Capacitor is an electrical device that can store electrical energy. In a way they are similar to batteries but not exactly the same. In a battery, it is the chemical reactions which produces electrons in one location (also called as a terminal in battery terminology) and the movement of these electrons from one terminal to another results in a current flow. But capacitors don’t produce electrons but only distributes them unevenly. A capacitor can be charged by connecting it to a battery. Once it is charged (and removed from the battery) it stores charges. You can now use this capacitor to say light up a small light bulb for some time. A simplest capacitor is a parallel plate capacitor (figure 1). It has 2 parallel metallic plates separated by a distance. If there is no material in between the plates, then it is filled with air. This air which is an insulator is also called as dielectric.
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Figure 1 - Parallel plate capacitor
Let us refer to Figure 1. When the top plate is connected to the positive terminal of a battery and the bottom plate to the negative terminal, the capacitor is being charged. Before the capacitor is connected to the battery, it is electrically neutral. The amount of positive and negative charges in the top plate are the same. This is also the case for the bottom plate. So as a unit, the capacitor is electrically neutral (a state when the quantity of positive charge is the same as the negative charge). Now when connected to the battery, the electrons from the top plate move to the bottom plate through the wire and the battery. This creates a net positive charge on the top plate and a net negative charge on the bottom plate. Still as a unit, the capacitor (the 2 plates put together) is still electrically neutral. It is just that the charges are distributed in such a way that one plate contains a net positive charge and the other a net negative charge. Now this capacitor can be connected to a load like a light bulb and there will be a flow of electrons from the bottom plate to the top plate through the light bulb. The light bulb sees a current coming in and hence it glows. This flow of electrons happens till the top and bottom plate becomes electrically neutral. So you don’t expect the light bulb to be glowing for a long period of time.
Capacitors are measured and rated by the amount of charge it can hold. This is measured in Capacitance and the unit for capacitance is Farads or Microfarads. Higher the capacitance, the more charge the capacitor can store.
So far we haven’t looked into dielectric and what role it plays in a capacitor. The dielectric choice is important in a capacitor because as the capacitor is charged there is an electric field generated in the dielectric. When you put more and more charge, the electric field build up. This is possible up to a point when the electric field reaches the dielectric breakdown. At this point the dielectric breaks down and hence becomes a conductor of charges. The capacitor can no longer store charge.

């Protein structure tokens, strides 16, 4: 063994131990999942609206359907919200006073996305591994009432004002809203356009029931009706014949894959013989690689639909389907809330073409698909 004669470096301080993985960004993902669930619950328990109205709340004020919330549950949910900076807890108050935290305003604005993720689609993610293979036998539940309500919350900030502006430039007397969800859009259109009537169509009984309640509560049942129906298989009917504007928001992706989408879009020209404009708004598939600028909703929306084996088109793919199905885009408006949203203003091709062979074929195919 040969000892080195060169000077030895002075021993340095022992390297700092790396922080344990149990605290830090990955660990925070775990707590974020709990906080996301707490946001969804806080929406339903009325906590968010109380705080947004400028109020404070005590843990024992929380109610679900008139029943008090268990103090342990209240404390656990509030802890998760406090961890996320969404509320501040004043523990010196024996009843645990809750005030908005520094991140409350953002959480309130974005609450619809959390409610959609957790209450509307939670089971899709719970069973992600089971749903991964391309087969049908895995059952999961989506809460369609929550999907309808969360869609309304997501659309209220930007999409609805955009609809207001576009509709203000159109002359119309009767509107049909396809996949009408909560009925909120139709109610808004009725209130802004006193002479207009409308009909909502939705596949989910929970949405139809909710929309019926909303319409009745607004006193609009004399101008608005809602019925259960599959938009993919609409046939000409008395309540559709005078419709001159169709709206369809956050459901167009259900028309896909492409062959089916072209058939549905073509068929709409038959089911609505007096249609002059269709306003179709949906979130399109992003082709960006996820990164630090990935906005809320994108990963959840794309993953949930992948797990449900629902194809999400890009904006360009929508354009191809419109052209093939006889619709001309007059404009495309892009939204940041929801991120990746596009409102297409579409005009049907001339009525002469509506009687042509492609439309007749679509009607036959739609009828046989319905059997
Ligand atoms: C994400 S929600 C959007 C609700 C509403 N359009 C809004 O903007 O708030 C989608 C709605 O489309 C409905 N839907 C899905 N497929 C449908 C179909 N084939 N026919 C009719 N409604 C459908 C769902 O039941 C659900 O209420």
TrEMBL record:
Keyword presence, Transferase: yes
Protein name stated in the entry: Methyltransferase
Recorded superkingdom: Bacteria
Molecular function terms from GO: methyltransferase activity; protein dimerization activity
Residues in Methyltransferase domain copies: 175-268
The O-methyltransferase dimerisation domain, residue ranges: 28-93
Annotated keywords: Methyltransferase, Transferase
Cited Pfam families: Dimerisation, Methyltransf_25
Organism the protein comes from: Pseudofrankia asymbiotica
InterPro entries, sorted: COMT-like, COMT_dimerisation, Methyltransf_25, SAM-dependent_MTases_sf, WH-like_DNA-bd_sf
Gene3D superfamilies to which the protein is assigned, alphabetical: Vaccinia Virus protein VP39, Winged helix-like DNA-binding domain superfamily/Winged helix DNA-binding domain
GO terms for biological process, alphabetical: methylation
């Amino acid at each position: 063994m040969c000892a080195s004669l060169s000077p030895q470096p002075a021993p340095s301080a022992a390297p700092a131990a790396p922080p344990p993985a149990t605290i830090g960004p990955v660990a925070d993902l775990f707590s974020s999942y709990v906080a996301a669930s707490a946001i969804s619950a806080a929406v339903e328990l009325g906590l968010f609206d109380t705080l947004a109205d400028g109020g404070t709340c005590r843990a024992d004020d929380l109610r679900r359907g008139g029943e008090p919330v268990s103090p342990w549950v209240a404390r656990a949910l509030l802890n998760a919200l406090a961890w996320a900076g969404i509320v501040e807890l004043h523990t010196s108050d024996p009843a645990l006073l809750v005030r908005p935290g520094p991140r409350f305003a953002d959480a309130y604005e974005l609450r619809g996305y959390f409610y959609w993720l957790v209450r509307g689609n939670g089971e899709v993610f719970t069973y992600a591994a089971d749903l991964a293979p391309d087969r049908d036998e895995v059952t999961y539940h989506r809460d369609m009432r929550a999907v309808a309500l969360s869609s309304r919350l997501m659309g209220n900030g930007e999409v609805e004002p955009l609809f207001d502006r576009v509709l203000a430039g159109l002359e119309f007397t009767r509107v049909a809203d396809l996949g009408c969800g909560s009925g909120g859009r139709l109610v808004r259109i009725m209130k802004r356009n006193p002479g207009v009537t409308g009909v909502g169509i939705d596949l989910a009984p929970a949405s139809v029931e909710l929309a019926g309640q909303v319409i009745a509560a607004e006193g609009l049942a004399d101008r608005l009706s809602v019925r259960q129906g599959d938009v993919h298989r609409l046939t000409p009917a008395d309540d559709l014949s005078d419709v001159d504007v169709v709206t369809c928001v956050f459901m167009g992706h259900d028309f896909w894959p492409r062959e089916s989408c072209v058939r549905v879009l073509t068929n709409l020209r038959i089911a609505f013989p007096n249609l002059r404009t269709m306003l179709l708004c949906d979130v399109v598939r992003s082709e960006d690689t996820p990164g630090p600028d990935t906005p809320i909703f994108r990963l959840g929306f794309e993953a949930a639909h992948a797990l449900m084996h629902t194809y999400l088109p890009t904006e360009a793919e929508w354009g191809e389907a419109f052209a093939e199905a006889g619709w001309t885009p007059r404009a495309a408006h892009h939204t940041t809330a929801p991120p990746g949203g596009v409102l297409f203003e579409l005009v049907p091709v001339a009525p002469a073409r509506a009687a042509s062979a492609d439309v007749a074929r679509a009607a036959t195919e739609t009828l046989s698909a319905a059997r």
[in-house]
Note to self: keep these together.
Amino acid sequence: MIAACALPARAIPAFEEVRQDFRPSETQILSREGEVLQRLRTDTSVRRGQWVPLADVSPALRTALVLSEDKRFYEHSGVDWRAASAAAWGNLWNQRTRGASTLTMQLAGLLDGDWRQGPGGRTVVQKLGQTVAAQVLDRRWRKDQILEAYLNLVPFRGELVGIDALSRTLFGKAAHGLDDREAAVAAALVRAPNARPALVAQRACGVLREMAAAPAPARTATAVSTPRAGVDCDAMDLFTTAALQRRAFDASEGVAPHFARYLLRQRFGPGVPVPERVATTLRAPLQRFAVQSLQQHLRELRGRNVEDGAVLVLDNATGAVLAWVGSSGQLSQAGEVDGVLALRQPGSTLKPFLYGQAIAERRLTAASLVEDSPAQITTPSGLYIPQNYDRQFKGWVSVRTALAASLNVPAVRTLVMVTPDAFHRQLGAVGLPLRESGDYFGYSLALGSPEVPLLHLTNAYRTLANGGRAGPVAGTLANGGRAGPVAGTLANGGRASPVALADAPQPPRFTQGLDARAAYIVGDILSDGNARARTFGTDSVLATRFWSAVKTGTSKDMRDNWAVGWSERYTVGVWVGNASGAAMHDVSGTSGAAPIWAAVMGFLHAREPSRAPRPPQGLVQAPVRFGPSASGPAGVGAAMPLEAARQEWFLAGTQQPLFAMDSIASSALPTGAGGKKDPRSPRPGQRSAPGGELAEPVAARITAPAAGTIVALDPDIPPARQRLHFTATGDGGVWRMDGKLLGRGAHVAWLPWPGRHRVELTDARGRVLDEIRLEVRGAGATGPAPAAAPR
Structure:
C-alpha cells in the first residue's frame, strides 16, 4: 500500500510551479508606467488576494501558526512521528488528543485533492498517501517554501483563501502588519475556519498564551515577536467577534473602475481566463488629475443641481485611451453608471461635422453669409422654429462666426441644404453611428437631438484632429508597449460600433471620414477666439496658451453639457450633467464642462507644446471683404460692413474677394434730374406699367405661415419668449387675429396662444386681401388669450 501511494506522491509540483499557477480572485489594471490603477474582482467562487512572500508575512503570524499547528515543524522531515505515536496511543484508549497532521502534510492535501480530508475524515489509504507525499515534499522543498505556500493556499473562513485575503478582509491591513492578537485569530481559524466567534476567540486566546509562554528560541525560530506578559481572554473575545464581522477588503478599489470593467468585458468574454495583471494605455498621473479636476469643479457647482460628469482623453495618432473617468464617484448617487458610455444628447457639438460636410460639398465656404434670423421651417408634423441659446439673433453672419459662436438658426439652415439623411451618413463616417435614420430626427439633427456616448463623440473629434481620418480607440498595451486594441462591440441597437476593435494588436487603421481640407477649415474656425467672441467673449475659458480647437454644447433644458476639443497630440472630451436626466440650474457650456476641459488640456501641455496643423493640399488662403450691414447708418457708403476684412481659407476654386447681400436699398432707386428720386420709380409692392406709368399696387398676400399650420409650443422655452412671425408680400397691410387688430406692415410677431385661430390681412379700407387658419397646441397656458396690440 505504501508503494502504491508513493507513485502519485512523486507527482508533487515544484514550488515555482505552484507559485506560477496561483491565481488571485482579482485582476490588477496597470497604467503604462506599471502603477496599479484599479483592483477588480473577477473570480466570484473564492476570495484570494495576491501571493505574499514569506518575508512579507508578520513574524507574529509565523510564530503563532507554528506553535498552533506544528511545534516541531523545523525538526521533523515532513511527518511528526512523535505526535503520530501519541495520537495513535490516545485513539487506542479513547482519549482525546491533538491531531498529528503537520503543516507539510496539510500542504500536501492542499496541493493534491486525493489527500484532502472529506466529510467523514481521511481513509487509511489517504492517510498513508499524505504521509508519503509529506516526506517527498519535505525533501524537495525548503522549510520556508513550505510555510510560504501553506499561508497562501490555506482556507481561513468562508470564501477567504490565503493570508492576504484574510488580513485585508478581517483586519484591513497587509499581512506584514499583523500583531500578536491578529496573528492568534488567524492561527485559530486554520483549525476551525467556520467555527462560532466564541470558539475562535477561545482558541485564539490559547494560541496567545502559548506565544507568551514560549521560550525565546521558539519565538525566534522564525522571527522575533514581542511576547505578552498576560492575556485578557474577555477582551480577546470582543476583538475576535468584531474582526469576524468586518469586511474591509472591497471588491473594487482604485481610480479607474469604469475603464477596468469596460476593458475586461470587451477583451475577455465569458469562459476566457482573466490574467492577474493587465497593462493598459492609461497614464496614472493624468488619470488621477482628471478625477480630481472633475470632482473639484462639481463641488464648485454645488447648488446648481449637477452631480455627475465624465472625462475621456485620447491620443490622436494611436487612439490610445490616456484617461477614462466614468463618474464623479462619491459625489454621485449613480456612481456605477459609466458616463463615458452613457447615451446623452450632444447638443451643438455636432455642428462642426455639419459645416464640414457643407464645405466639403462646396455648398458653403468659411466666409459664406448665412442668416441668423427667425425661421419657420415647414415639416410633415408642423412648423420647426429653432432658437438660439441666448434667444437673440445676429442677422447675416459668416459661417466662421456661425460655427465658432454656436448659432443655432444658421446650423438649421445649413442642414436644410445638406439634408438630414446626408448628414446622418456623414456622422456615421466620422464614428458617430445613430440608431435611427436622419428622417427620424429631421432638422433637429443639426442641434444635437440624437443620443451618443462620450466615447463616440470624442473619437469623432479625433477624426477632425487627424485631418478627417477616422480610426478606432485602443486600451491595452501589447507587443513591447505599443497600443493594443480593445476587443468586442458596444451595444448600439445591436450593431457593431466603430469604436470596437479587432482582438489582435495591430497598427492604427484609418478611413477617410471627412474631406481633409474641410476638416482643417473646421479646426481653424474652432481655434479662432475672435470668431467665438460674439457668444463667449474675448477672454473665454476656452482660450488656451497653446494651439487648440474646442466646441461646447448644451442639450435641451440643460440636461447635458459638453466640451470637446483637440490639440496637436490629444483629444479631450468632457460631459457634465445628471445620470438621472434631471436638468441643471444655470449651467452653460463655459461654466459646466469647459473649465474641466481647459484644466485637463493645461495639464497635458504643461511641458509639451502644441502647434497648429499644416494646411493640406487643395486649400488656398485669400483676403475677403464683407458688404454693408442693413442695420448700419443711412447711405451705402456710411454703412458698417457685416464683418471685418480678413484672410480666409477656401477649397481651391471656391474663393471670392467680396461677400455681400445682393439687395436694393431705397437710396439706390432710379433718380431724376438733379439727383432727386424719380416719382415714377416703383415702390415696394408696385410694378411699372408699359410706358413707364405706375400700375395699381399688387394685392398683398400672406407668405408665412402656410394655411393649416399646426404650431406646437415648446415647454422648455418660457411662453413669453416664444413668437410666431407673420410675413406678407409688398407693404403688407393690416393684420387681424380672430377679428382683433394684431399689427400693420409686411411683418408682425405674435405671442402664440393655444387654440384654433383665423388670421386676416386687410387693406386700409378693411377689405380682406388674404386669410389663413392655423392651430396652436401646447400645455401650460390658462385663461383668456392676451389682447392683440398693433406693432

Let us look at a case where there are multiple dielectrics in a capacitor. As shown in Figure 2, the parallel plates are filled with 3 dielectrics. The objective is to find the capacitance of this capacitor using EMS for SolidWorks.
Figure 2 - Capacitor with 3 dielectrics
EMS for Solidworks can
Compute the capacitance of this capacitor
Compute the electric field in the dielectric region
Predict if any breakdown occurs
According to EMS, the value of the capacitance is 6e-11 Farads (Figure 3). Figure 4 shows the electric field distribution in the dielectric region when the capacitor is connected to 12 V battery.
Figure 3 - Capacitance as computed by EMS
Figure 4 - Electric field distribution in the dielectirc
Theoretical Result | EMS Result | |
Capacitance (F) | 60.08e -12 F | 60.084e -12 F |
The formula for the theoretical result is taken from the source below.
EMS for SolidWorks can accurately predict the capacitance and the electric field distribution of any type of capacitor. Most real life capacitors don’t have a plate area that is very very large. In fact, the length is very comparable to the thickness of the dielectric. In such cases, the analytical models don’t hold true. These are the cases where EMS for SolidWorks can be an excellent software for modeling and studying capacitors. The author wishes to express special thanks to Mr. Majdi El Fahim for the solid modeling and simulation of the capacitor presented in this article. For more information about EMWorks and its products, visit www.emworks.com.
MIT OpenCourseWare - http://ocw.mit.edu (8.02SC Physics II: Electricity and Magnetism, Fall 2010)